Sunday, November 17, 2013

Character Naming Part 2: Organizing and Minimizing

In part 1 of Character Development, I threw around some ideas of how you can compile a list of names for your characters. (How many of you were able to try some of those methods in the past week? Let me know in the comments!)

So, now that you have your (probably) long list of favorite names, here are some ideas on how to start organizing and minimizing your names.

Taking the example of just searching for one particular character, I'd suggest organizing the names into alphabetical order. Separate the first, middle, and last names either into 3 separate sheets of paper (or 3 piles of index cards, whatever you used) or, if you used a program like Stickies on your computer, sort everything into 3 sticky notes.

Go down through your first names and read them out loud; whichever name doesn't immediately jump out at you or at least give your mind a little tug, eliminate. (Tip: Don't get rid of that name forever. Get it out of sight, but save it in another document or on another piece of paper. Later on if no other names work out, come back to it, or save it for future characters.) Chances are, if you don't feel a tug towards the name right away, you won't later.

--> If you have a picture you use as inspiration for your character, now is the time to keep it nearby. As you read off names you can see which ones look and sound best with your character.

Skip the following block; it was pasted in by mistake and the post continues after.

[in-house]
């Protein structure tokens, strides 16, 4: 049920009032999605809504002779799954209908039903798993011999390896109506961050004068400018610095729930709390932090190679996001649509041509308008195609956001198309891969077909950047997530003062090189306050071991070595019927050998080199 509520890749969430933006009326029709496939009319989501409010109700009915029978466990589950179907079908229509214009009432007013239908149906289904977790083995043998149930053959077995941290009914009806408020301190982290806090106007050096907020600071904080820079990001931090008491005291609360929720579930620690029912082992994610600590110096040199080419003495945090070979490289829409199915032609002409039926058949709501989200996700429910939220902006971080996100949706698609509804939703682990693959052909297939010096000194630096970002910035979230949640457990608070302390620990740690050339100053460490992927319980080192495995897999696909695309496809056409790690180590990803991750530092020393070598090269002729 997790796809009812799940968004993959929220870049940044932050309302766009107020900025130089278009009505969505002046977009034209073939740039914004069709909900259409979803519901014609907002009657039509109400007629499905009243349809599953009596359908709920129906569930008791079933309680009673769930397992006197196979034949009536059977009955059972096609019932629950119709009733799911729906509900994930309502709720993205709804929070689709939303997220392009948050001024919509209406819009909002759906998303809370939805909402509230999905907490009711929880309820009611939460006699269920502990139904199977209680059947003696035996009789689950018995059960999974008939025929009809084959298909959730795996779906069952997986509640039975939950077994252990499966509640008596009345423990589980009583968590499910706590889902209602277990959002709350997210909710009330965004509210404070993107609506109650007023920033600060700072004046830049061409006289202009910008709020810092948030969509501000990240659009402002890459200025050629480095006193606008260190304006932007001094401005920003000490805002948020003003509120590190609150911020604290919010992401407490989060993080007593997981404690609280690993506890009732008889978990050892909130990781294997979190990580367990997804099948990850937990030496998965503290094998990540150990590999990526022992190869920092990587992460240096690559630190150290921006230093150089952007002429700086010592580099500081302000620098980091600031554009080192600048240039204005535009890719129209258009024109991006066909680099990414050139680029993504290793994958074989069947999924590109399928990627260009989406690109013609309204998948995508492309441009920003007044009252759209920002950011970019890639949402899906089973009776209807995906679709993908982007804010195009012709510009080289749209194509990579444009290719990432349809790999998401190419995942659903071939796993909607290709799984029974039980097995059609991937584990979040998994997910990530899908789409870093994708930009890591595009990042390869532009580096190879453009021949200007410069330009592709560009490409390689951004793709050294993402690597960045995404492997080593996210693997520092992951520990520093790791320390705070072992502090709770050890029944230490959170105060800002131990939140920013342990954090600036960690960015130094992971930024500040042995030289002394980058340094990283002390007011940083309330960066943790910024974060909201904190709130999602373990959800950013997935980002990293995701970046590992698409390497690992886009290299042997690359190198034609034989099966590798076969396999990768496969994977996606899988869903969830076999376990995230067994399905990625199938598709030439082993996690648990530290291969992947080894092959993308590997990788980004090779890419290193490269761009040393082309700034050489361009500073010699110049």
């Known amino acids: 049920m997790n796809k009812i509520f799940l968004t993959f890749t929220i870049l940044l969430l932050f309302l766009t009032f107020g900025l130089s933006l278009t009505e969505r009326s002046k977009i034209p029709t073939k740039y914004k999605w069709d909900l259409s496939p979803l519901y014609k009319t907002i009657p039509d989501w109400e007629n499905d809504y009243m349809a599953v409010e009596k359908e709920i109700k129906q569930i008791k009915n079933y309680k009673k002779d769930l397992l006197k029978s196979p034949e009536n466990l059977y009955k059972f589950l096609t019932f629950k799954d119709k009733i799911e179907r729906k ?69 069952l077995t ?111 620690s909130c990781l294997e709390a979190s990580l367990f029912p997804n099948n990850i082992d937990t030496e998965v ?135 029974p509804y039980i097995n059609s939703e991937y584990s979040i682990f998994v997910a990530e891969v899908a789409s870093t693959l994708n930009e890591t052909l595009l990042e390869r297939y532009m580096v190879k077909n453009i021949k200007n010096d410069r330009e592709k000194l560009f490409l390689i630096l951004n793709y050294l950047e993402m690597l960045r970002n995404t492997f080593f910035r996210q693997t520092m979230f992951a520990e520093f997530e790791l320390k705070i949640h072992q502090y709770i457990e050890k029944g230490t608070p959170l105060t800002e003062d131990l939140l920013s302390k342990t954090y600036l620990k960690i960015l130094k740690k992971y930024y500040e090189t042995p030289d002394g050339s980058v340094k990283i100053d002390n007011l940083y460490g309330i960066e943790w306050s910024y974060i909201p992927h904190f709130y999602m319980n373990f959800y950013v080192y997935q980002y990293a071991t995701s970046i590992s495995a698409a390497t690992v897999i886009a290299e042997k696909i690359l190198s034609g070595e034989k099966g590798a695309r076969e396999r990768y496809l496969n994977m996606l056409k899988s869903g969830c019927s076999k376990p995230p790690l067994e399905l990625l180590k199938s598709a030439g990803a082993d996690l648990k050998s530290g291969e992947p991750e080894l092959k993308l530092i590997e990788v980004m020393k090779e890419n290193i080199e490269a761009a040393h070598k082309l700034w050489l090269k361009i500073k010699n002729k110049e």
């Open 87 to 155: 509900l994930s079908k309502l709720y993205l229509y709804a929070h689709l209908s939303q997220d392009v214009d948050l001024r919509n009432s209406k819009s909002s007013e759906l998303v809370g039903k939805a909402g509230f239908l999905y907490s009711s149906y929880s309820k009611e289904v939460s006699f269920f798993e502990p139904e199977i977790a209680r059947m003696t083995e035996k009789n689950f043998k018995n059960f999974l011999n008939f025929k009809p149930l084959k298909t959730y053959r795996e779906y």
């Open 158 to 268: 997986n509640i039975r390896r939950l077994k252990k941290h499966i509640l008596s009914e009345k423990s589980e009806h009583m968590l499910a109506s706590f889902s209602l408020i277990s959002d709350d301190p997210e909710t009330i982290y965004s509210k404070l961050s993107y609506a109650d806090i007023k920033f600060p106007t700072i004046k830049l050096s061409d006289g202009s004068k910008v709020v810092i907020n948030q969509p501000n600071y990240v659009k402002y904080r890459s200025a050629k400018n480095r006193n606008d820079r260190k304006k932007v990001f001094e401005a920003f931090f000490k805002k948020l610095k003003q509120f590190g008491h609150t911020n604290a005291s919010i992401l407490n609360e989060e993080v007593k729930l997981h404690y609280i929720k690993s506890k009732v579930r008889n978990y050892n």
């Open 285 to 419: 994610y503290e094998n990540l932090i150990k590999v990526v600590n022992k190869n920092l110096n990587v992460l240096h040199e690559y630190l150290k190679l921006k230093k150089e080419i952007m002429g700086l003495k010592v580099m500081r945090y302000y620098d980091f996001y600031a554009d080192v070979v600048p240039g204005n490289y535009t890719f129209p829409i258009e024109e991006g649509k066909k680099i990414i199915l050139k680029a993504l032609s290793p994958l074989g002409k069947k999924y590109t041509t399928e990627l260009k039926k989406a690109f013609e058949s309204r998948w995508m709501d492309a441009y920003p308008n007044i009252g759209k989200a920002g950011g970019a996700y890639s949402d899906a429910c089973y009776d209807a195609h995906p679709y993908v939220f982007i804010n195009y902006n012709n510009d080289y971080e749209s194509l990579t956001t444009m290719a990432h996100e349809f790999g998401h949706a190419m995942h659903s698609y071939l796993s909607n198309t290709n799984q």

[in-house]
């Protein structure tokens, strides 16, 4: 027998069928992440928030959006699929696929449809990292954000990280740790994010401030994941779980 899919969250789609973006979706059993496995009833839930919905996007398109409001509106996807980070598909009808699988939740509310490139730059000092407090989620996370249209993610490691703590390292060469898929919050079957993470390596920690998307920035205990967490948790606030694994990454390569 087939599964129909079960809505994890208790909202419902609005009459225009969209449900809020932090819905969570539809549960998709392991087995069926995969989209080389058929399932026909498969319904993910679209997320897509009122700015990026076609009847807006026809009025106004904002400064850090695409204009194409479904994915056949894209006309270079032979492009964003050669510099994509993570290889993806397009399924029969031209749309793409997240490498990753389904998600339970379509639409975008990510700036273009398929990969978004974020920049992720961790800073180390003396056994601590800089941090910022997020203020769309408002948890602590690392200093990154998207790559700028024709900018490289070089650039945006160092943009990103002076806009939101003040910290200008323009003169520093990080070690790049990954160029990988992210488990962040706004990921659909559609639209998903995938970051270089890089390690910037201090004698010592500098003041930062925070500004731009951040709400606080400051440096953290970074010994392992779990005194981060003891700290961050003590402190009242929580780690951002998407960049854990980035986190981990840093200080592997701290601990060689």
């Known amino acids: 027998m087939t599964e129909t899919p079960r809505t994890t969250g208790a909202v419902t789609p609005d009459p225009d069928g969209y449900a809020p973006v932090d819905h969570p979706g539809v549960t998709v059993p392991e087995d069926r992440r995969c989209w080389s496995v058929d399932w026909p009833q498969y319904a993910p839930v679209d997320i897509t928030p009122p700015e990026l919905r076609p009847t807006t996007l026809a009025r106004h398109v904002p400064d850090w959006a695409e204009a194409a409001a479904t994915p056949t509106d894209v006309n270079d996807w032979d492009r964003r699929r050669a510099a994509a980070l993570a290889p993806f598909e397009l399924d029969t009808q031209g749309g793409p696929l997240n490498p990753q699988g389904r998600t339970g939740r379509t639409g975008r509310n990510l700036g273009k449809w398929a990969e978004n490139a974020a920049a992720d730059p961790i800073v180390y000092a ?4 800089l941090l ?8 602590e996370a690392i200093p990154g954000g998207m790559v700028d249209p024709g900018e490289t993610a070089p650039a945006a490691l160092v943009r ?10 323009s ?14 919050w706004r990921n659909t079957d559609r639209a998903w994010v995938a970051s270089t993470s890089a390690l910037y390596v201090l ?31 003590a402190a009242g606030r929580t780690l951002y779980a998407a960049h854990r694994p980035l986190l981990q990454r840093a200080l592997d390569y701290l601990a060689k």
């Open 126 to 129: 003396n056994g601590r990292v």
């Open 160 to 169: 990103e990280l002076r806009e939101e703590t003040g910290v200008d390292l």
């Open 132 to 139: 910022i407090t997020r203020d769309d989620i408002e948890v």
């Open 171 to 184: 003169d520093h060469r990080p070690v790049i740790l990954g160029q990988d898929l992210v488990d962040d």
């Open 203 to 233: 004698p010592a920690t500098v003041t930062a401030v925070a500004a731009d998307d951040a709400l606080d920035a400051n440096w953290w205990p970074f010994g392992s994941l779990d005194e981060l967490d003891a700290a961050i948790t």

Go down through your "revised" list several times, trying different middle and surnames with each name. Don't get discouraged if your favorite name doesn't sound right with the surnames you picked. You can probably work around it by at least choosing a different surname (or perhaps you might discover having a surname isn't all that important to the story!).

At this point you might find yourself with two or more names that you think are perfect, or at least close to it. Don't stress; in fact, it's probably better that you do, because the elimination process isn't necessarily over. There's still a lot to consider in deciding on the perfect name.

However, you may have one name that you keep thinking about. If so, take that one and, if you have any other character names picked out for the same story, make a "cast" list. You'll want to make sure that you don't have all your names starting with the same initials or containing the exact same amount of syllables. You might find that right there will help you determine which name from your minimized list is the best.

One last step in this process: google your final contestants. You may not realize it, but that brilliant name you just pieced together might be the name of a famous scientist, or the name of an already existent character. Just as an example, I've been toying with a story idea for a few months now. I used many of these processes I'm discussing with you in creating the male lead's name, and finally decided on Aaron Palmer. I adored the name, but something wasn't setting right. It sounded so...familiar. A month after I chose the name, I was in the store and saw a can of Arnold Palmer tea. It had taken me forever to make the connection consciously, but obviously something in the back of mind was trying to force me to use a name I'd already heard before. Definitely be cautious in this area; you don't want people to think you're copying.

In part 3 we'll close with discussing if "significant" names are important to a story. 

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